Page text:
Controlling Vapor Drive Inside Soon-to-be-Renovated Walls
We made a mistake years ago when repairing rot and structural damage to our house and I need some help in finding the best solution and understanding some of the behavior of the building materials in question. I’ll do my best to get to the point without rambling as I have much respect for the experts who put their time in to help people here.
House: Built 1988, bought 2006, located near Albany airport (good weather data from station). Huge rot and structural damage found due to improper flashing and nothing installed between cedar siding and OSB. Repaired about 2010.
Repair: Removed all siding and replaced almost every door and window. Installed exterior rigid foam, fiber cement siding, pvc trim, windows pushed out, flex wrap door and window pans, typar flashing, custom metal flashing, calked flanges and trim, etc.
Repaired wall assembly (outside -to- inside)
Fiber cement lap siding
1″ Foil faced polyiso, taped seams
Tyvek house wrap
7/16 plywood where replaced (OSB where not)
5.5″ Mineral wool bats where opened (fiberglass where not)
6 mil poly sheet
Now that we are finally renovating the interior and I am educating myself about building science, I understand that what we did was wrong for our climate. The outside walls are sealed up tight as a drum, but can’t breath out. 6 mil poly keeps them from drying in. Only 1″ of exterior foam means we are below the dew point at the sheathing during the winter.
I would prefer not to remove the siding, trim, etc etc and break all the sealing we did just to add another layer of foam. I would also prefer not to spend a huge amount of money on a renovation only to find my walls rotted 10-20 years later. If I’m spending money, it needs to be on fixing any performance issues first.
During renovation many exterior walls will already be opened and so I am OK with opening ALL the exterior walls, from the inside. I have come up with some ideas, but I have yet to speak with anyone who can give me any kind of confident answer that we will be successfully addressing the problem.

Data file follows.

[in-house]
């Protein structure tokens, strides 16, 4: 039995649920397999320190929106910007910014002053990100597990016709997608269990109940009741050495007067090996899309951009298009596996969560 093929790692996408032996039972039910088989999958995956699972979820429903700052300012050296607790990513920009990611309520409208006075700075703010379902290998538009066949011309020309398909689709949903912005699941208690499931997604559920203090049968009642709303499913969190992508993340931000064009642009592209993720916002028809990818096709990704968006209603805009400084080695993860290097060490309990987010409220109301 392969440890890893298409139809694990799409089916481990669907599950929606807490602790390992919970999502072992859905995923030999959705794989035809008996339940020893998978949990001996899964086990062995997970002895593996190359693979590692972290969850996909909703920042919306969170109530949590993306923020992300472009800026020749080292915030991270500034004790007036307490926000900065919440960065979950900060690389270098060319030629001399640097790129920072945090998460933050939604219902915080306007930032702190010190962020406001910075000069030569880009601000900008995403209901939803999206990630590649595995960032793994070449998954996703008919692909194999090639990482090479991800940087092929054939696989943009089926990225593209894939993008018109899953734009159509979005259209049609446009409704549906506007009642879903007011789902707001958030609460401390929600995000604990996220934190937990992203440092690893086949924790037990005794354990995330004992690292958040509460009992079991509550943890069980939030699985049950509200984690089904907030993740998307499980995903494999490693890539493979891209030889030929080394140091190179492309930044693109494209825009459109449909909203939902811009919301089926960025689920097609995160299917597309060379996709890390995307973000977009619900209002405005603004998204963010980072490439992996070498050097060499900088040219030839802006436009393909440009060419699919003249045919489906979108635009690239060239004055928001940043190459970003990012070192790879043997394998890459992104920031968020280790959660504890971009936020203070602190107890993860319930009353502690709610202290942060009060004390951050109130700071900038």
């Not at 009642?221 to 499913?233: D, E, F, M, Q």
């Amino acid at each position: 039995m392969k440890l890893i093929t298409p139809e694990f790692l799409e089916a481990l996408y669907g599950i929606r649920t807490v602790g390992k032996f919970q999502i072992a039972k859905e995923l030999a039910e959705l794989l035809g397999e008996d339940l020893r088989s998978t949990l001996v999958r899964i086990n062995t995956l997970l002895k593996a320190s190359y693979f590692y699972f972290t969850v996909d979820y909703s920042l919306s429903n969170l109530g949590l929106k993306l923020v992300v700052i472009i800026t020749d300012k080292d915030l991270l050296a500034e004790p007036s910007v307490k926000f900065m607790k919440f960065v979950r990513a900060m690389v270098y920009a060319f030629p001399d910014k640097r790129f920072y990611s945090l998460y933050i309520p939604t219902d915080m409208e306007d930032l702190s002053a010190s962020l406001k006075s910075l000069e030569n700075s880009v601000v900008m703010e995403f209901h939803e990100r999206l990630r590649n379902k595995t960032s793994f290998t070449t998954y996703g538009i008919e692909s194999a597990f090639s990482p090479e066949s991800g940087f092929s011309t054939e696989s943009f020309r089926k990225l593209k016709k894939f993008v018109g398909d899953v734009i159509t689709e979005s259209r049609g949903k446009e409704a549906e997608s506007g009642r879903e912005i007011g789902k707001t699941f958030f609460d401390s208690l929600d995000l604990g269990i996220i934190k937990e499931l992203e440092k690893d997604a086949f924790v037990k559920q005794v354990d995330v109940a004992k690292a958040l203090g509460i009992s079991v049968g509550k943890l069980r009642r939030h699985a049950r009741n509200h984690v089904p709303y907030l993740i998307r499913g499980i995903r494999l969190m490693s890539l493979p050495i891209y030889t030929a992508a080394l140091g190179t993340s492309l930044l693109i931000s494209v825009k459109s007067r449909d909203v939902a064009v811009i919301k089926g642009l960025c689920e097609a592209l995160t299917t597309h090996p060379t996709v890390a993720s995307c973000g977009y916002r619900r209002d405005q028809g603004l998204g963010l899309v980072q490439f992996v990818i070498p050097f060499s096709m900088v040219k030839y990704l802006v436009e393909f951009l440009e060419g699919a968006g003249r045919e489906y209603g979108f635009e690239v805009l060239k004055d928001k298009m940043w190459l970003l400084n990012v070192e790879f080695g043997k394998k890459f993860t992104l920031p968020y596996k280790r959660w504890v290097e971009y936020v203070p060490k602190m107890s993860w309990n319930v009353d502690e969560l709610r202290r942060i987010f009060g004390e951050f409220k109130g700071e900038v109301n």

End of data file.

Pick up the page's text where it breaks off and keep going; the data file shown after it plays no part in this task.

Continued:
To start, I will probably be using SIGA’s Majrex vapor control layer (which is directional) behind the drywall. It ranges from .16-1 perm inward, but up to >4 perms outward. In other words, it lets vapor in 10x faster then 6mil poly, but it lets it out 250x faster than 6mil poly. Vapor still goes where it wants.
I discussed flash and bat with someone (1″ open cell for breathability, but keeps air from the sheathing) but I was advised that it is a huge PITA in an occupied home because of the application mess.
The better option seems to be something like 1″ of EPS in each stud bay against the sheathing, cut about 1/4-1/2″ short all around. Then the gap filled with great stuff. This should keep the inside face of the foam above the dew point (almost all the time) but allow the OSB to dry inward if it needs to.
While I understand most aspect of vapor drive, I don’t understand the mechanics of moisture saturating something like EPS. If the temp at the interior of the sheathing drops below dew point, then vapor pressure = saturation pressure and moisture will flow from the wall cavity through the EPS.
If it encounters the condensation point inside the EPS does it condense and block the pores? If so, when its hot and AC is running and direction is reversed, if dew point is again in the EPS, does it stop the OSB from drying inward?
Does it keep pushing through and saturate the OSB?
Does it wick into the OSB?
How much water can EPS absorb?
If the Perms of the OSB are higher than the VC layer (inward) does it really do anything to help?
Is it more of a belt and suspenders in case of air infiltration in the cavity?
I should also say we have a ground source heat pump and humidity in the winter is 15-25%. Summer is low too (50% maybe) because of the level of dehumidification with this type of HP. Spring and Fall make me nervous. We will be installing an HRV as we tighten up the house.
Another idea is to install an active dehumidifier to force our indoor RH to track with outside temps to make sure sheathing inside is never below dew point (or in mold conditions).
Anyone ever apply mold killing paint in stud bays as a preventative measure?
Thanks in advance for your help. Sorry for the long post.
Also: Am I just crazy?
P.S. I opened a bathroom wall this mid-winter to put thermocouples inside to track the sheathing and insulation temp. The wall has been untaped, unfinished drywall since the repairs in 2010. It did have the PE sheet all that time. No mold, no water, no wetness yet. I didn’t measure the wood with a moisture meter but I will soon.
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